Labyrinth

For millennia, the labyrinth, a single pre-constructed circuitous path leading to the center and out again, has been considered sacred space. The Celts, Greeks, Southwest Native Americans – people separated by time and geography – felt its spiritual tug. It is an archetypal symbol of transformation found in cultures throughout history.

The labyrinth represents a journey. Spiral designs drawn in ancient tombs symbolize the journey through life, death and rebirth. Medieval Christians made their metaphorical pilgrimages to Jerusalem using the labyrinth, and it mirrors the spiritual journey of today as well.

The IHM labyrinth is located in a spacious natural setting on the west side of the Motherhouse. A pavilion provides a reflective gathering spot for use before or after your labyrinth journey. The west parking lost is a short walk away. The three segments of the labyrinth circle symbolize the Holy Trinity. Many of its colors and design features echo those found in the Motherhouse itself, but its roots call upon a tradition more than 3,500 years old.

The walk toward the center of the labyrinth and back out represents movement toward a deeper sense of self and a return to the world blessed with greater insight. Choosing to walk its path is a kinetic symbol of faith, moving through the twists and turns with full knowledge that God is at the center.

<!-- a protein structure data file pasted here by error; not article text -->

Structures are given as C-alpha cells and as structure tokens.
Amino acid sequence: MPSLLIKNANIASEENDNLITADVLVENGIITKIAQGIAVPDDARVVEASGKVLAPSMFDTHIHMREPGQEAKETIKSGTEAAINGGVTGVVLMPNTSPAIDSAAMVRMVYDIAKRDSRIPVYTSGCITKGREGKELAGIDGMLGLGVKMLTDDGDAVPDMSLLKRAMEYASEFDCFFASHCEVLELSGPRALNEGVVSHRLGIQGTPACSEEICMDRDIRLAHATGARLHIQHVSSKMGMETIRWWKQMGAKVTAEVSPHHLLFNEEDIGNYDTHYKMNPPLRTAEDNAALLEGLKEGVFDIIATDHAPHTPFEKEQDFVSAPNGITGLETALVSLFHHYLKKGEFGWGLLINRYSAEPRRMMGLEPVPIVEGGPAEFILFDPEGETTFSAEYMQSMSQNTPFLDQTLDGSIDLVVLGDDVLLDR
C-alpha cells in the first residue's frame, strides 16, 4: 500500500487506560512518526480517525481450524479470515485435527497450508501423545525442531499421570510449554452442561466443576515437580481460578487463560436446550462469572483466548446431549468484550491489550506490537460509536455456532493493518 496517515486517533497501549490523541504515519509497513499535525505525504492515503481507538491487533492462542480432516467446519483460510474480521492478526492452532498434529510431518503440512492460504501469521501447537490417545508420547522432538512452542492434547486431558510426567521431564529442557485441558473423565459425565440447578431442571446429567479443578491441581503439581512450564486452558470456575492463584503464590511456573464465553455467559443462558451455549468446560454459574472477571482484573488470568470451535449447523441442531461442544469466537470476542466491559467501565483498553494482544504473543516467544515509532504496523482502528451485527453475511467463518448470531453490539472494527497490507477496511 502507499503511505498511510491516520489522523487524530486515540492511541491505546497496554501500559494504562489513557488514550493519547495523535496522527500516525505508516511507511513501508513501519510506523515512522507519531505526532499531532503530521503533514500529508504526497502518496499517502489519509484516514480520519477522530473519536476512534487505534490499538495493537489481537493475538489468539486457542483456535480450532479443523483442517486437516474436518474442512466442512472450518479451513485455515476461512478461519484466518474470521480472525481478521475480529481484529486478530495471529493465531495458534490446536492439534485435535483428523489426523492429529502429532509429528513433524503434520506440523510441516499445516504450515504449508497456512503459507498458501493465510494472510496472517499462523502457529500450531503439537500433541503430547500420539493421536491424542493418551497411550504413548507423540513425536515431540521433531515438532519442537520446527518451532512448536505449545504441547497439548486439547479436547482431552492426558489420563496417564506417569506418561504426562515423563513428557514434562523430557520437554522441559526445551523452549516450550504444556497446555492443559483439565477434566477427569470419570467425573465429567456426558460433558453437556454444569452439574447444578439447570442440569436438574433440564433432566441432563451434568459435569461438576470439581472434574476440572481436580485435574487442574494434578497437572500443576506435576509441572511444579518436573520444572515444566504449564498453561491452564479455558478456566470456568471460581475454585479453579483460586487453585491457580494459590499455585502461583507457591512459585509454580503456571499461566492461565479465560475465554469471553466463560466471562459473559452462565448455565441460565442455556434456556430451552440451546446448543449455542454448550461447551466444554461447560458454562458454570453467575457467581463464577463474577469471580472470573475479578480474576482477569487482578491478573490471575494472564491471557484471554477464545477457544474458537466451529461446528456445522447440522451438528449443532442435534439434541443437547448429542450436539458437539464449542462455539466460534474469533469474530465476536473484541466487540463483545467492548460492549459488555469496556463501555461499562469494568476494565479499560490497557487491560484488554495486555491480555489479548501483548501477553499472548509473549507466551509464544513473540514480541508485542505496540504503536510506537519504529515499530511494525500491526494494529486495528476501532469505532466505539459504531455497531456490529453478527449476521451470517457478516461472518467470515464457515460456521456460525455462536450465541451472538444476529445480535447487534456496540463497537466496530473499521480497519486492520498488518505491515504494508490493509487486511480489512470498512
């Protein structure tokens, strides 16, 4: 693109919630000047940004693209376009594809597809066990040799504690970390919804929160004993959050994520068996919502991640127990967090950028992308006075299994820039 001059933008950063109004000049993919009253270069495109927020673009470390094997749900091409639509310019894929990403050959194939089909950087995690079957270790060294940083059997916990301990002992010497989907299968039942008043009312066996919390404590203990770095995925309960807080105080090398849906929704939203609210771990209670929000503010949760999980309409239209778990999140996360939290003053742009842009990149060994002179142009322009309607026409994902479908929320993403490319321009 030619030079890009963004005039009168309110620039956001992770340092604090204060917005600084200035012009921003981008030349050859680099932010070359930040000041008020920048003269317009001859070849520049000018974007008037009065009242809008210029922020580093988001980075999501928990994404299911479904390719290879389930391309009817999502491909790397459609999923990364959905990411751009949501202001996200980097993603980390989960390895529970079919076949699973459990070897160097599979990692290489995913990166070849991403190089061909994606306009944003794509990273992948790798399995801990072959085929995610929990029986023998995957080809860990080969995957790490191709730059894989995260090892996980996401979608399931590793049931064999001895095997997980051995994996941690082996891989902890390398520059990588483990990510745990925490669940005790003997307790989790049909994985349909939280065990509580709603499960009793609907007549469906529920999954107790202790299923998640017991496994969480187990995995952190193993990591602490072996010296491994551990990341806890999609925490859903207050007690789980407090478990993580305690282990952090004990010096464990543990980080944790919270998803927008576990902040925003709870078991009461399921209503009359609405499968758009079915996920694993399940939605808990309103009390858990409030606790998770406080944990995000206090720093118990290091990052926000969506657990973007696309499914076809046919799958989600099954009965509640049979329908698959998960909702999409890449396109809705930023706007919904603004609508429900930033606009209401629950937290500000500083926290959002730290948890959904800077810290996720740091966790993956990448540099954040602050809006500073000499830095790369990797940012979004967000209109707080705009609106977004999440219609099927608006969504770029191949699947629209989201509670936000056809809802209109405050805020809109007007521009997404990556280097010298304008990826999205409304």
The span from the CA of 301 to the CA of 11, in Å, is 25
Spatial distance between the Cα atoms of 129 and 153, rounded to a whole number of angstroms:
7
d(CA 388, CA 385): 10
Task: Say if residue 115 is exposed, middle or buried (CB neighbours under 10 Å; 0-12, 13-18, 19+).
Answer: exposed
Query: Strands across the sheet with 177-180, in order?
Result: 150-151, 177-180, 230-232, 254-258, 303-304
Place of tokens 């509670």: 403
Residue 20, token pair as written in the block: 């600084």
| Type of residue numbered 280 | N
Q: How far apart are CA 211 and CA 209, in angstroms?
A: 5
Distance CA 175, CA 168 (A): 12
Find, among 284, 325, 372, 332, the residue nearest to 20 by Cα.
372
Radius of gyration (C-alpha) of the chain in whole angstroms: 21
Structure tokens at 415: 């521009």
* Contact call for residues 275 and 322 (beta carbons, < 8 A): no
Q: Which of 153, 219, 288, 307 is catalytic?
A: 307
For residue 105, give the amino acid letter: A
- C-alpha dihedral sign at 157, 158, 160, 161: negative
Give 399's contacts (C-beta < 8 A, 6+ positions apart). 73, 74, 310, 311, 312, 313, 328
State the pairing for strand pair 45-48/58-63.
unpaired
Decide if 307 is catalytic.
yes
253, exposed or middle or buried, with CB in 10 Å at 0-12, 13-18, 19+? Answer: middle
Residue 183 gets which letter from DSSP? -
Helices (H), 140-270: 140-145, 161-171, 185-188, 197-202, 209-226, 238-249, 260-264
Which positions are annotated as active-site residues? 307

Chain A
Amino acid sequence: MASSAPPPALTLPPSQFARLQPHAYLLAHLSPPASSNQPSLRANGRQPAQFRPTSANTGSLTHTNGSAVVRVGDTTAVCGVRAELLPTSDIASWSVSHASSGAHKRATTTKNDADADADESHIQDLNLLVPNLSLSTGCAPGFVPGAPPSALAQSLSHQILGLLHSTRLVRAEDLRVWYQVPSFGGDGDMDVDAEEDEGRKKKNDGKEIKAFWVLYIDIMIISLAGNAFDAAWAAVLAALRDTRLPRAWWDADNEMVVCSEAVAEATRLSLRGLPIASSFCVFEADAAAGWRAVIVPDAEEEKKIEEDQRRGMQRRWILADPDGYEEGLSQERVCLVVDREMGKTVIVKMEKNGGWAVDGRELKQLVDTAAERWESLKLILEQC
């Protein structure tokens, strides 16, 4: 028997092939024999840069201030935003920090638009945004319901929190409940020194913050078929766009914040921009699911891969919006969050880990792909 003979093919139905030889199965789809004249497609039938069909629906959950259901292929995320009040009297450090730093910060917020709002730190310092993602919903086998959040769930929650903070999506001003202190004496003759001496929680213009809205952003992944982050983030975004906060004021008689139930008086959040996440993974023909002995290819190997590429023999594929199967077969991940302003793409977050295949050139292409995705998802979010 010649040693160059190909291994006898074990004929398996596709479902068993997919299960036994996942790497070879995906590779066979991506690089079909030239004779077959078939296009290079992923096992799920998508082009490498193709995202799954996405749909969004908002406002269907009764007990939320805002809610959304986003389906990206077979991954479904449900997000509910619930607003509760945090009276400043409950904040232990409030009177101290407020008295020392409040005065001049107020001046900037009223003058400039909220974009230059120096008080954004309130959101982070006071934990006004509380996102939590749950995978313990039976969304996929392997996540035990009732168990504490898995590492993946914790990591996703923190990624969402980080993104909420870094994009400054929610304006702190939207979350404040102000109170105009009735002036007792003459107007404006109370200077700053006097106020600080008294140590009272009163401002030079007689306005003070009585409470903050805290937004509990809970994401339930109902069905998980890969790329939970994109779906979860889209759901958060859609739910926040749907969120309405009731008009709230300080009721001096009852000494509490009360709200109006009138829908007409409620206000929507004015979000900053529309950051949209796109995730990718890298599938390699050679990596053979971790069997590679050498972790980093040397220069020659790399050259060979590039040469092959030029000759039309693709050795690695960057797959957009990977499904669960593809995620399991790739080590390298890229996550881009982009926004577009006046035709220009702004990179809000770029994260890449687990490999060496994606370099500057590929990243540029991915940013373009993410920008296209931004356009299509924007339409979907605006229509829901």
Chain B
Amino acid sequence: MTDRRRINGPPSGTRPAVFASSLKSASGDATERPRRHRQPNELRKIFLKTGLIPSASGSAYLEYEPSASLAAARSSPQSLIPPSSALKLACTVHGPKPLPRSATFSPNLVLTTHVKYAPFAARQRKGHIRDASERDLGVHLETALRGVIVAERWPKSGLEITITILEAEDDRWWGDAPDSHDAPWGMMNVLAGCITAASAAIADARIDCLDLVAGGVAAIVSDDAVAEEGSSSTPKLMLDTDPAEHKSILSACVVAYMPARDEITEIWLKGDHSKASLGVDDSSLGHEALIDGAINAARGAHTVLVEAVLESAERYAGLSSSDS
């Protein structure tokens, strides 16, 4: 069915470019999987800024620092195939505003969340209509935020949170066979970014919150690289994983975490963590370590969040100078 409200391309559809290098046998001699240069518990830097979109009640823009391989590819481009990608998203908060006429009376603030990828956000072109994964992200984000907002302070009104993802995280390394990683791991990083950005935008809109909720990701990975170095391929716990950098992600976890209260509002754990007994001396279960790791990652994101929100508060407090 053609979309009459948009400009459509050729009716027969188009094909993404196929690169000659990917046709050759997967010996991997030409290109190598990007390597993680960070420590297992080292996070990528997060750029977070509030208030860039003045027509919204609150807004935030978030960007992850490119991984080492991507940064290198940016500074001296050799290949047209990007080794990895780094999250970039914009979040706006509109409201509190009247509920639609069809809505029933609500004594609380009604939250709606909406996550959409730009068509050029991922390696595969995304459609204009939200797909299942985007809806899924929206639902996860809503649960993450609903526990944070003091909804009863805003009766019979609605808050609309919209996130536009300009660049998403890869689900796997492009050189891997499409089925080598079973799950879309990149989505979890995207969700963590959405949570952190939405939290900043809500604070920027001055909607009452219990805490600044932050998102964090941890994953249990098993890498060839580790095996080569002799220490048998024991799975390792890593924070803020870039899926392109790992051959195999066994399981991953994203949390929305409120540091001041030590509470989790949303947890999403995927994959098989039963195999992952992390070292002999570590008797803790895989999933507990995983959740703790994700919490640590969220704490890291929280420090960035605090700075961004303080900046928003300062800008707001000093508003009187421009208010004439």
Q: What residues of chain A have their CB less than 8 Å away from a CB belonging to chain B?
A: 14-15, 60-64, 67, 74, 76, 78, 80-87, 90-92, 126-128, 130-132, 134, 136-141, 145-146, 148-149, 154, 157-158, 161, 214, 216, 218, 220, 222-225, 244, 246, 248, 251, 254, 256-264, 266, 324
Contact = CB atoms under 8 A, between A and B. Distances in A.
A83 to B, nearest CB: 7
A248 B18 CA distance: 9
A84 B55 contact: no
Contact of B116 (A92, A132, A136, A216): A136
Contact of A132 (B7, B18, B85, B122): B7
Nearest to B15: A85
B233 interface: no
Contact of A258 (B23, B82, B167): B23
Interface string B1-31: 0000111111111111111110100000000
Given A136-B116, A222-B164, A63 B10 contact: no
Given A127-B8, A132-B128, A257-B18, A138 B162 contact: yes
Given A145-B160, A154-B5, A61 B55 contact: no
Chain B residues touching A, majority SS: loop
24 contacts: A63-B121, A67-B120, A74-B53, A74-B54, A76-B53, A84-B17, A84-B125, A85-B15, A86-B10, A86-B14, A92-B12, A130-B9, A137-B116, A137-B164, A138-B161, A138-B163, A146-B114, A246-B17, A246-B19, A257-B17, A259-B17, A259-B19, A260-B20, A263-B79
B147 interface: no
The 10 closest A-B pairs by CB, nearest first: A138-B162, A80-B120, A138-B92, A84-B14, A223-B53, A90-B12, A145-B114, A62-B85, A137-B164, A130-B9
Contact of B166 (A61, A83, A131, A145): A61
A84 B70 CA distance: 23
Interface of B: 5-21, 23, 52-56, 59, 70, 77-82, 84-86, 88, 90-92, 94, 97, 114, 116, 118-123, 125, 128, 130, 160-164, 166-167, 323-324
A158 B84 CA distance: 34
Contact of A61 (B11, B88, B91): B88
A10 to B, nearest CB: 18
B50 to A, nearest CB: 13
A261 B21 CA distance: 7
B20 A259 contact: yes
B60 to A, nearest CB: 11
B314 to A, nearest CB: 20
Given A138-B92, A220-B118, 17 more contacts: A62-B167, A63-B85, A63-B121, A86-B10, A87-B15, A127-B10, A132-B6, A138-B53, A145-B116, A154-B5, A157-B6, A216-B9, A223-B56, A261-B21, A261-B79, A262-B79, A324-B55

Unlike a maze, designed to confuse, the labyrinth is designed to quiet the mind and heart. As it has been throughout history, it is a path for prayer and meditation, a place of presence the Creator and the created.

A labyrinth walk has three stages. Entering the path is a time to release thoughts, worries or emotions standing in the way of authentic self-knowledge. The sojourn to the center is a place of peace, and leaving it focuses on relationship with self and others, seen through the relationship with God.

Each walk is an individual experience, with no right or wrong way to walk, pray or meditate. Some people use the walk for contemplation. Others use it for prayer. The walk can be just a nice walk. It can be therapeutic. It can be profound.

Enter into this rich spiritual tradition by experiencing the barrier-free labyrinth on the Motherhouse campus for yourself. It is available daily for private meditation.